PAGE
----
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Over the past week I’ve been dusting off BicycleTips.com getting it ready for a season of bike blogging. I’ve upgraded to the current release of DNN. I’ve fixed modules, changed the theme and font, and written out a couple of articles. When editing a module, I ran into a problem with adding links to the content. I was getting an error, so I figured I was probably using an old outdated version of whatever Rich Text Editor I had installed, because the site was created early on in the DNN days.

Recently I was promoted, from my position of Sr Software Developer and team lead, to Director of Customer Experience, directing a team of 15 people at ClubReady, Inc. I have 4 software developers that work for me, and 11 customer support and training personnel. One thing I've noticed, not just at ClubReady, is that people often times have a hard time communicating with others, be that in person, or electronically. Over the years I've learned a thing or two about communicating, so I wanted to put together a list of ways to help people communicate better in your professional career.

I don't think I've always been a good communicator, so I do believe it is something that anyone can work at, and improve. As a kid, I was pretty shy, I didn't like getting up in front of people and speaking, and I clearly remember missing out on a holiday concert in preschool when I cried my eyes out because I didn't want to sing in front of a crowd. At some point though, that changed, I really don't know when that was? If I could attribute it to one thing, I guess it was likely my 6 years of band (saxophone) in middle/high school. In College I managed to be a DJ on the college radio station after interviewing for the program multiple times, though it wasn't really until after college that I started doing any public speaking.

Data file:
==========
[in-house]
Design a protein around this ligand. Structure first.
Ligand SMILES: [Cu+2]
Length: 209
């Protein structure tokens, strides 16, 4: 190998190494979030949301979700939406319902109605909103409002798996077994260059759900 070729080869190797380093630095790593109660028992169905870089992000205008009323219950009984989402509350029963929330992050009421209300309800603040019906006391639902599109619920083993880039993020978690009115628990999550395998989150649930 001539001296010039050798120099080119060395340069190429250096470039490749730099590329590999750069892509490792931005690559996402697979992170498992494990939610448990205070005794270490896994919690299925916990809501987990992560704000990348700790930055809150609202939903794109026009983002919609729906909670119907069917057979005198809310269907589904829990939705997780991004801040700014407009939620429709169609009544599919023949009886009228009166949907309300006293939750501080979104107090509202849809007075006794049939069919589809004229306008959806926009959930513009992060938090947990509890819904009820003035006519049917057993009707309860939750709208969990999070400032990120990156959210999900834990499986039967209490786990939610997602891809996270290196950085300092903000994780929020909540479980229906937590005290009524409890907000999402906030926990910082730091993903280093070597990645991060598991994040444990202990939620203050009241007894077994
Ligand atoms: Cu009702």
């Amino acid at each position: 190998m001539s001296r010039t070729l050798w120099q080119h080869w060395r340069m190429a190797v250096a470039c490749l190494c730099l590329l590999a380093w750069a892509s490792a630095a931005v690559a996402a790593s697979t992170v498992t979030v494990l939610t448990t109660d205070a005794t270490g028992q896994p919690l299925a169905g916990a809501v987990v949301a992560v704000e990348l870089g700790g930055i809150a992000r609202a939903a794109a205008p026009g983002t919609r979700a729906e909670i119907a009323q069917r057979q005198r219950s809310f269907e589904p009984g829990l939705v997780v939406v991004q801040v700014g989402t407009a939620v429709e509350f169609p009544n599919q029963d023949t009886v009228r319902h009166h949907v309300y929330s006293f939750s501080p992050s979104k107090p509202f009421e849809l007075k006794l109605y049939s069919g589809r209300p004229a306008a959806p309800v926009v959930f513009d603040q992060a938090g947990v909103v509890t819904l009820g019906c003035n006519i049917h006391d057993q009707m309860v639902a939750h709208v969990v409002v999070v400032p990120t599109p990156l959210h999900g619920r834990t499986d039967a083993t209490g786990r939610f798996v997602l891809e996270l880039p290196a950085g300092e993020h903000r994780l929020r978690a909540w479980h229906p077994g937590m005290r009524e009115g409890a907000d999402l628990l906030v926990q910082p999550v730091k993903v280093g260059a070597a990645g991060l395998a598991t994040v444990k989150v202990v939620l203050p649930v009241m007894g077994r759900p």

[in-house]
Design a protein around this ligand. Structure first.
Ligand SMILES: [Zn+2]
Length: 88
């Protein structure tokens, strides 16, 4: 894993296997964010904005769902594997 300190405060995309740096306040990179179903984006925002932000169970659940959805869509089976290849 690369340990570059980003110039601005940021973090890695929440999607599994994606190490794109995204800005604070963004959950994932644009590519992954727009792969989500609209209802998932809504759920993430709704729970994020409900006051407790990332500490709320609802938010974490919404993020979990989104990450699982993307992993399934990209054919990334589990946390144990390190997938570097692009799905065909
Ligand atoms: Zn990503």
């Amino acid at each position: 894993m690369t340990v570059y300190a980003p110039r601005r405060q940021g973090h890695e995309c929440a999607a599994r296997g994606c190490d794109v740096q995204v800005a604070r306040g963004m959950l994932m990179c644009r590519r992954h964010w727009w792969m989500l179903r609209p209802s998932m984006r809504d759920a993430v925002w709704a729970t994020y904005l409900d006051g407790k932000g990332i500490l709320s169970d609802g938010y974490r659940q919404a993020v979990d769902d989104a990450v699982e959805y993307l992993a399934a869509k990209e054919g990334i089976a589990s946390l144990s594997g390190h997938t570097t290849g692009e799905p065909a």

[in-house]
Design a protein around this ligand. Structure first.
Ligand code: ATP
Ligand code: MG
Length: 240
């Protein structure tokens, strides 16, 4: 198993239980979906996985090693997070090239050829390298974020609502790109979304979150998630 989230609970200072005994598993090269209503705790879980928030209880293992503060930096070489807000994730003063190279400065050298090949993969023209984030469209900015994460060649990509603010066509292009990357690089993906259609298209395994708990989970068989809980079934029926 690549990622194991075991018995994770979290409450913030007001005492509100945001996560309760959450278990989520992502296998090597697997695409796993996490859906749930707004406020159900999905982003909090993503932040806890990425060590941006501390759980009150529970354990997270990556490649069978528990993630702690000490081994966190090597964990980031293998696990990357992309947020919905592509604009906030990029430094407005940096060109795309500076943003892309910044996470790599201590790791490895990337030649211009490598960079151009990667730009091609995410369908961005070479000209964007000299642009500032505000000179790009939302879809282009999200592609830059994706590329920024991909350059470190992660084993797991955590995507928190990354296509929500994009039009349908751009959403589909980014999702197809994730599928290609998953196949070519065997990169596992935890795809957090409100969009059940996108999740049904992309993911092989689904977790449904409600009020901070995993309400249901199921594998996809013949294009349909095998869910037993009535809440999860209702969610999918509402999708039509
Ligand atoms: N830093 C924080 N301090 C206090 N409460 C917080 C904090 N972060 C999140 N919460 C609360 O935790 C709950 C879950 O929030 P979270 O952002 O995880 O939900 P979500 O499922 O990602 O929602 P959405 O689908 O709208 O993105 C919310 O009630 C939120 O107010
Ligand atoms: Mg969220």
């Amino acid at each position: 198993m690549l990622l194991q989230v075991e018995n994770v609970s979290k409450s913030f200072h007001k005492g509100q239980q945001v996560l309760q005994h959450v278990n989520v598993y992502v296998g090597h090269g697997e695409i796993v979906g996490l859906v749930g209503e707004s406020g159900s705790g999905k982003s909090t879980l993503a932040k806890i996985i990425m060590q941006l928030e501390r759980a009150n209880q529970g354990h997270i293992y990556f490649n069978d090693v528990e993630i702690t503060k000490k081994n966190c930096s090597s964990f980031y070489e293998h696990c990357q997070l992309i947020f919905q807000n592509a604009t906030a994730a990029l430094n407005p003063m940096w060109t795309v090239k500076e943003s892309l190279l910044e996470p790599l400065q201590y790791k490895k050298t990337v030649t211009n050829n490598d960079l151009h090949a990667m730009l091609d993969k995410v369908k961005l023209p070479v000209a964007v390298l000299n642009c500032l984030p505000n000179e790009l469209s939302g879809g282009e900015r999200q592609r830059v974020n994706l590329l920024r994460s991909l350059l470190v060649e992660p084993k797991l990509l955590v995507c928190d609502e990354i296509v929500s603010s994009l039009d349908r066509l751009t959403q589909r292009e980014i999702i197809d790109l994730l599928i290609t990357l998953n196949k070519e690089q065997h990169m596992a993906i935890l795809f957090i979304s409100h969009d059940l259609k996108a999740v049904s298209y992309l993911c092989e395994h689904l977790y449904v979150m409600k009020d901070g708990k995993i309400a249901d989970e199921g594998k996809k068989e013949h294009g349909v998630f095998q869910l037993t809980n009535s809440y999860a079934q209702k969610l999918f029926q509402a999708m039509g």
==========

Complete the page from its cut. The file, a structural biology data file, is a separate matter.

If you have a DotNetNuke website that has been around for a while, you likely have a large number of pages on the site. Many of those pages likely have individual Skins (themes) applied to them. When there is a skin defined at the Page level in DNN, that setting overrides the skin that is defined at the website level, meaning, if you change the skin at the Website level, it would not change the look and feel of any of the pages with their own skins defined.
Scott has posted an excellent read on machine performance and development over on his blog. When I get back from OpenForce07 I'm going to be looking at upgrading my home machine and will definitely take his notes into consideration as I build/buy whatever it is I decide to get. As for OpenForce, Natalie and I leave in less than 48 hours. I don't think I'm ready! I have way too much to get done before 6:15 Saturday morning rolls around. Posted from...
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Chris Hammond is a father, husband, leader, developer and car guy. Chris has long specialized in ASP.NET and DotNetNuke development, so you will find a variety of topics here on the website. For more information check out the about me page.

If you are looking for DotNetNuke consulting please visit my business website at https://www.christoc.com/